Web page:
iptables 101

How to do things with iptables. Safety first: How to reset everything.

sudo iptables -F
sudo iptables -X
sudo iptables -t nat -F
sudo iptables -t nat -X
sudo iptables -t mangle -F
sudo iptables -t mangle -X
Also, safety first: Don’t just copy something and run it on your server. You better understand what you are doing.
How to block a service?
Instead of using “DROP” you should use “REJECT –reject-with tcp-reset”. If you want to be able to access that service from the inside, you have to add an allow rule first.
sudo iptables -A INPUT -p tcp -s localhost --dport 3306 -j ACCEPT #mysql allow local
sudo iptables -A INPUT -p tcp --dport 3306 -j REJECT --reject-with tcp-reset #mysql

The “REJECT –reject-with tcp-reset” looks to the outside like there is no service running. A “DROP” will show that there is a firewall / iptables working.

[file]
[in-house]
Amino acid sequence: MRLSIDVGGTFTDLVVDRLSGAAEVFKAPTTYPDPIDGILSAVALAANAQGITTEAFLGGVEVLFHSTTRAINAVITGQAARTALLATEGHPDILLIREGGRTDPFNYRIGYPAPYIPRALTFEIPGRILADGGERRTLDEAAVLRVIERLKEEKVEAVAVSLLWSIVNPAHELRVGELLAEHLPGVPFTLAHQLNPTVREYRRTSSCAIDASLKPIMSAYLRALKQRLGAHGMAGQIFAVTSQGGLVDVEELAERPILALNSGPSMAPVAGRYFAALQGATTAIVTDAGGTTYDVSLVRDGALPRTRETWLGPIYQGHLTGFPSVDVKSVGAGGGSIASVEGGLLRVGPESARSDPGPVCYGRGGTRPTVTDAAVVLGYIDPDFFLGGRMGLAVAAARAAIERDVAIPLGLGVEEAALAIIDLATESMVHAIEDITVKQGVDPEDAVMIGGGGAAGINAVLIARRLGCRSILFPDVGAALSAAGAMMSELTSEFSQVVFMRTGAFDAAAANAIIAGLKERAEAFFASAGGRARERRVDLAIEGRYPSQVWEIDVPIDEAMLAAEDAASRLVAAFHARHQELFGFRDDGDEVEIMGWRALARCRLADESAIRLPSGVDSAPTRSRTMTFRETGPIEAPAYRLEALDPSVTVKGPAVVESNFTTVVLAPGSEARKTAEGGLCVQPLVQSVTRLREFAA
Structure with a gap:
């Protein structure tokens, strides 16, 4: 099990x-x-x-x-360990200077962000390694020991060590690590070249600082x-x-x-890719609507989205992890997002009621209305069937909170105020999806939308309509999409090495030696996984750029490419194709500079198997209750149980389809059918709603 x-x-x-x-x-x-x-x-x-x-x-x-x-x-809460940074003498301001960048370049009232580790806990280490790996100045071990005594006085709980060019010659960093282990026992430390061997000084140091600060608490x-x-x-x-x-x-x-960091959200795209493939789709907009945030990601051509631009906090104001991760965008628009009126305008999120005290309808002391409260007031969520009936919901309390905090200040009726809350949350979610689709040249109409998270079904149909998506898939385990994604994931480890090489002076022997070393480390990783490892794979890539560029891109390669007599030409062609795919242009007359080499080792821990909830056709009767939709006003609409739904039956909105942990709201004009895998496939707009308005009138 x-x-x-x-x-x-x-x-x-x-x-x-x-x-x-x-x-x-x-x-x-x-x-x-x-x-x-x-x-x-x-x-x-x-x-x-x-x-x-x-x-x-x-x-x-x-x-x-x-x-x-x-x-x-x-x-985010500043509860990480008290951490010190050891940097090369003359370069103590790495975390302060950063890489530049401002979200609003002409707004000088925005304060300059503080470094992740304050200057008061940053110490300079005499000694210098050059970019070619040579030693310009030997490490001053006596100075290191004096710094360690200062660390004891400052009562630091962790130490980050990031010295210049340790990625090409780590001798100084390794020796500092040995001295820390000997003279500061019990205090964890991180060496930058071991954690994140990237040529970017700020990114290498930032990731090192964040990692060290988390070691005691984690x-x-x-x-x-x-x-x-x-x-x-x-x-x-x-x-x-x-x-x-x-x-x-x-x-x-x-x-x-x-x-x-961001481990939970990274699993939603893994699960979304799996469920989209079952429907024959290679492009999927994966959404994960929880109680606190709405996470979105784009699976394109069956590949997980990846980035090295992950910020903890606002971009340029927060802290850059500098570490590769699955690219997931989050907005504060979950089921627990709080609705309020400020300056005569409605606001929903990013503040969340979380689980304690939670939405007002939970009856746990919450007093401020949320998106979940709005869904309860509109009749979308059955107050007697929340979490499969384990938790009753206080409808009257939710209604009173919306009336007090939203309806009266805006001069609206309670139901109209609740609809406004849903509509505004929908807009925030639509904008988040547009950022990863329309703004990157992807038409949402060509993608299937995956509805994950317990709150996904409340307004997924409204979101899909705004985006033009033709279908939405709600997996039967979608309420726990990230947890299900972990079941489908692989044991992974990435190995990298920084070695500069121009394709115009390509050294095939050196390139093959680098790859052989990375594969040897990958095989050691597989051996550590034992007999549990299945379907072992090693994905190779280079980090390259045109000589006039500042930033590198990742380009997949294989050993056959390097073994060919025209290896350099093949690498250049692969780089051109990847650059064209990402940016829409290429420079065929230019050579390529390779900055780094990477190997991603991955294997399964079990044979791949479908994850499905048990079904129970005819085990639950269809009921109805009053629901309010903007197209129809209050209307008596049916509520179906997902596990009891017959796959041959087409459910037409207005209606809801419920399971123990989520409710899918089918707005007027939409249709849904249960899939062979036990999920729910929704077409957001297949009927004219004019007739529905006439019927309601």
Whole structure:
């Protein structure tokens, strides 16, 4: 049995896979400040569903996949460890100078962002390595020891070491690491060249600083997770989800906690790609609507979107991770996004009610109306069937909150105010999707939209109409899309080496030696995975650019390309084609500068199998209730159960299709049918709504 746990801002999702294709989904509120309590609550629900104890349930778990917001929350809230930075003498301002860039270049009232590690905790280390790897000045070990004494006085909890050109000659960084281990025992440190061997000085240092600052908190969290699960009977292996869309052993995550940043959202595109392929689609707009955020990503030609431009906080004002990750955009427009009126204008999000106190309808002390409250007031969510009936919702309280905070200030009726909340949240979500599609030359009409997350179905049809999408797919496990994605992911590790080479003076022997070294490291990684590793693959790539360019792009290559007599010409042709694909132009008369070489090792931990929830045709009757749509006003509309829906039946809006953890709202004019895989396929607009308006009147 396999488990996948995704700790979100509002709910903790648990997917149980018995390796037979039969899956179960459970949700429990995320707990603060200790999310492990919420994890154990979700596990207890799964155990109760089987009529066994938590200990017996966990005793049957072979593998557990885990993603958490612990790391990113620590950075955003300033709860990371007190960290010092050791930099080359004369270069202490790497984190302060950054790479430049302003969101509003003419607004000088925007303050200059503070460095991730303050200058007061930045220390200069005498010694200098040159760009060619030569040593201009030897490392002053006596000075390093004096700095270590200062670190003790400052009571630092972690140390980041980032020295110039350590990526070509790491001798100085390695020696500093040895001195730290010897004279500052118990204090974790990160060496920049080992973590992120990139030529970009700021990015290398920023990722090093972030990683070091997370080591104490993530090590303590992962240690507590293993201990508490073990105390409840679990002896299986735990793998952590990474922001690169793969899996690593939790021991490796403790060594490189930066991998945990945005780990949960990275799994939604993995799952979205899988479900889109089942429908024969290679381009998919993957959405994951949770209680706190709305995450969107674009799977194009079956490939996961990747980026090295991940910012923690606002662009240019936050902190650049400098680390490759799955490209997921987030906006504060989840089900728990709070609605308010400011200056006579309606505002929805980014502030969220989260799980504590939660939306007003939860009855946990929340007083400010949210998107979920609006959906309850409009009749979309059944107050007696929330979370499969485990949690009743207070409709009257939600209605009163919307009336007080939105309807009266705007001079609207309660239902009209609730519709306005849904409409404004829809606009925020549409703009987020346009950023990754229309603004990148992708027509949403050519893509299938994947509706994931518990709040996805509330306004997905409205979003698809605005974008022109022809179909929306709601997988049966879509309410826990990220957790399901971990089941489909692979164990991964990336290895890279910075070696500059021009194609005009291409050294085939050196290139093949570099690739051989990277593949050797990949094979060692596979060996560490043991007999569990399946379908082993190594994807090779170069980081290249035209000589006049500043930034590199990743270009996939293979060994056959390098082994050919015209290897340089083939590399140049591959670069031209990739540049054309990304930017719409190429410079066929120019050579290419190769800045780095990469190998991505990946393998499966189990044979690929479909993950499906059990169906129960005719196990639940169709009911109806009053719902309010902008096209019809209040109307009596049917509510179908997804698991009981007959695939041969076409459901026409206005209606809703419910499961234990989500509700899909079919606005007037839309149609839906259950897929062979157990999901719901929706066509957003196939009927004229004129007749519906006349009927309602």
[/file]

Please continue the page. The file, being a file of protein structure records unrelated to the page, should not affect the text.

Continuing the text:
Blocking an IP range

sudo iptables -A bannedDownloader -s 14.120.0.0/16 -j DROP

Disallow NTP queries

sudo iptables -A INPUT -p udp -s localhost --dport 123 -j ACCEPT #ntp allow local
sudo iptables -I INPUT -p udp --dport 123 -j REJECT #ntp

Block timestamp

sudo iptables -I INPUT 1 -p ICMP --icmp-type timestamp-request -j DROP
sudo iptables -I INPUT 1 -p ICMP --icmp-type timestamp-reply -j DROP
sudo iptables -A INPUT -p icmp --icmp-type 13 -j DROP

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